Pittsburgh Mayor Bill Peduto often fancies himself as a devotee of the late Jane Jacobs, the iconic scholar of the mid 20th century who turned “urban renewal” on its ear.
It was in the 1950s and 1960s that Jacobs pulled no punches in her disdain for central urban planners of the day, including those in Pittsburgh, who clear cut large swaths of inner cities in the name of renewal but, instead, produced edifices to a brand new species of urban dysfunction.
As Jacobs described the malady in her great “The Economy of Cities” in 1969, “Capital that might have been available for young enterprises has been devoted to manipulating the people of Pittsburgh and to immensely expensive urban renewal and highway programs that have not helped the economy at all.”
And while Peduto certainly has parroted many of Jacobs’ more sensible protestations about many of Pittsburgh’s urban renewal mistakes of the last century, how odd it is that he would propose a new and large set of hoops for publicly subsidized development to jump through -- regulations that appear, incredibly, to downplay the need for jobs-producing, growth-enhancing and economy-bolstering enterprises.
The new regimen in known as P4 -- for “people, planet, place and performance.” The program includes a list of 12 metrics that must be applied, everything from environmental sustainability to inclusiveness and accessibility to a wide population.
Worse, there’s a quite confusing and, at times, contradictory set of sliding criteria for project approval.
“To say the least, this set of project evaluation and approval criteria will face many obstacles and create costly complications for project planners and the approval process,” says Jake Haulk, president of the Allegheny Institute for Public Policy (in Policy Brief Vol. 16, No. 48).
“Given the difficulty of the comparatively easier estimations of dollar costs and benefits of a proposed project inherent in the need to make many assumptions and take into account political influences, project evaluation will become exponentially more difficult,” left not to hard and fast numerical considerations -- the measure of sound economics -- but to the kind of purely subjective judgments that Jane Jacobs surely would mock for its rank hubris.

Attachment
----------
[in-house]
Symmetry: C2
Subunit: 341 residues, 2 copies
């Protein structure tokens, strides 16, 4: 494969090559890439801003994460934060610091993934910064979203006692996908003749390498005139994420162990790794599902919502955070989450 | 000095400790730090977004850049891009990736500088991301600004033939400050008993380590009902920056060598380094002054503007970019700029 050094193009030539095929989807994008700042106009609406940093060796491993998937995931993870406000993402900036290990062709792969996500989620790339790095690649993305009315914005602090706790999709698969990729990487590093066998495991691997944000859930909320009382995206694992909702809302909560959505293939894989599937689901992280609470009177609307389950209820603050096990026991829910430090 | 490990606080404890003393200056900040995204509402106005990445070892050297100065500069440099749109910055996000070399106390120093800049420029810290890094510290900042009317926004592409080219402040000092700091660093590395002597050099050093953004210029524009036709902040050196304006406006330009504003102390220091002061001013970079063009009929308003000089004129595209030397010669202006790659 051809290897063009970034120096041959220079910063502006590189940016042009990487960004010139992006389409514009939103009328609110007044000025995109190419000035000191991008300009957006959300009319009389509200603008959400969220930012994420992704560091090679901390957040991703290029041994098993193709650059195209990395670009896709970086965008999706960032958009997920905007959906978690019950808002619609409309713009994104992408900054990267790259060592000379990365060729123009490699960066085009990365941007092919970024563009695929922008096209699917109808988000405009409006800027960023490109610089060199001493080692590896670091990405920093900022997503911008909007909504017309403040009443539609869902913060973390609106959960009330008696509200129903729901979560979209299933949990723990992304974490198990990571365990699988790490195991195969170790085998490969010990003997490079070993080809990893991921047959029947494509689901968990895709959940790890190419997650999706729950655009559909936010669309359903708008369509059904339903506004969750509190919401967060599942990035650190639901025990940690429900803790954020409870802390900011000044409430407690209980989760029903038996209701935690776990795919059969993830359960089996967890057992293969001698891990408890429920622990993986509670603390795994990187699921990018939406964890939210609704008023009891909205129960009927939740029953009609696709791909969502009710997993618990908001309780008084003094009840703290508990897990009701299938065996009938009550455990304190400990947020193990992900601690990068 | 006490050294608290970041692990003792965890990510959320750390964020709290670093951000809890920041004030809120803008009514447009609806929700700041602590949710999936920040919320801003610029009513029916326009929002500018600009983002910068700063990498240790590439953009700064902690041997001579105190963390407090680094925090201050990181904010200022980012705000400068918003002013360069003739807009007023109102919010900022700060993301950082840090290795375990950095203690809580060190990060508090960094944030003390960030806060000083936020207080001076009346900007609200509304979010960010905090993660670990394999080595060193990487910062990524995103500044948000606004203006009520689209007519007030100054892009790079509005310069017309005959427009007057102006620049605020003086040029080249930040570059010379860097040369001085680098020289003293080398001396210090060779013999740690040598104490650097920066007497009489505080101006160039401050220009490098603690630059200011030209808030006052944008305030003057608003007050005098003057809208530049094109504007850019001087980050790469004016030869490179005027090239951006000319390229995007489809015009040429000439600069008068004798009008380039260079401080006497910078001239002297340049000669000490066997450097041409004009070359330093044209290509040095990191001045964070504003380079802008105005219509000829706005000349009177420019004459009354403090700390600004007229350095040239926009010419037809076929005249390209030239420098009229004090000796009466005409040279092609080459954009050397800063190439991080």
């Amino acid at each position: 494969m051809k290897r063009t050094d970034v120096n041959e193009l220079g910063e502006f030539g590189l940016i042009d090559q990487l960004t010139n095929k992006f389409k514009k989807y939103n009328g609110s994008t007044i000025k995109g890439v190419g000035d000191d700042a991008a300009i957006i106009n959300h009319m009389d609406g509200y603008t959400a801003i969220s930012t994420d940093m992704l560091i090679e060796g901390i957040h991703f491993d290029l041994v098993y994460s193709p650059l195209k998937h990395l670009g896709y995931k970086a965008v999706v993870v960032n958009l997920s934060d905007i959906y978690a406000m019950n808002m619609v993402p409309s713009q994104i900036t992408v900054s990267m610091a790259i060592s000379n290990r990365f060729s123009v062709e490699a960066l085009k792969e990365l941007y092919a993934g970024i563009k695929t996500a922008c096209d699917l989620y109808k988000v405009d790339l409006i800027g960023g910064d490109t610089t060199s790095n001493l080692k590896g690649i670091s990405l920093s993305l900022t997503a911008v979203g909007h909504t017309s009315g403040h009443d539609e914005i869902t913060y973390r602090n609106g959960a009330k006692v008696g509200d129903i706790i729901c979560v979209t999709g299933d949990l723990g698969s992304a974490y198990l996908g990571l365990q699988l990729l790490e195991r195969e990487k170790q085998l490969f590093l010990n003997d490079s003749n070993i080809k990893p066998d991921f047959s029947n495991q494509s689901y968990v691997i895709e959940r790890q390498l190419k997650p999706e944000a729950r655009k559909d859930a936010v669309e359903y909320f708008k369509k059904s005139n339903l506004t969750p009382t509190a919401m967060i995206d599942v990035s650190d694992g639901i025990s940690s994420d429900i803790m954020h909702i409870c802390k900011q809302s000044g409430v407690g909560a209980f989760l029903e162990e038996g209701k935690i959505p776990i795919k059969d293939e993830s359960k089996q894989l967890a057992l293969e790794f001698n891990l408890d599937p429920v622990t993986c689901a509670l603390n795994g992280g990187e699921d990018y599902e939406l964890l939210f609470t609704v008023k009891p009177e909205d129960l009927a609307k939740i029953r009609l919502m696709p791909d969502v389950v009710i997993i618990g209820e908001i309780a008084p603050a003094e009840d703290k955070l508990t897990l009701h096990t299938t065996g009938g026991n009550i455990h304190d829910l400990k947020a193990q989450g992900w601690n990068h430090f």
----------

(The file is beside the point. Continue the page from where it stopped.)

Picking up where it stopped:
For this is not market economics but government command economics.
How can the use of taxpayer money be justified for projects that, in the name of social re-engineering, are not predicated on enhancing the tax base?
“It is highly likely that the effort to de-emphasize the economic benefits of development in favor of promoting a long list of social, ecological and other goals will end up wasting a lot of taxpayer money,” predicts Haulk, a Ph.D. economist.
“Given the long and sad history of failures of social engineering in Pittsburgh, one would think that the visionaries who now think they can mold the world in a certain way through imposing a laundry list of desirable outcomes on development -- many of which conflict with each other (and that adds enormously to the cost and time to get projects approved and completed) -- would be a little less sure of themselves.”
Haulk reminds that Pittsburgh’s population has continued to fall over the last quarter century. There has been no net increase in employment. And the city school system has gone from bad to worse.
Additionally, Pittsburgh continues to spend too much and tax too much as it chases development schemes that do not produce the desired outcomes, he adds.
“More reliance on market competition, a friendlier business climate and
fewer efforts to control the businesses already in the city would be a much better approach for the future of Pittsburgh,” Haulk concludes.
Or as Jane Jacobs concluded nearly 50 years ago, “Pittsburgh is a good illustration (of central planning failure) because so many irrelevant things have been tried there, so ambitiously.”
Then as now.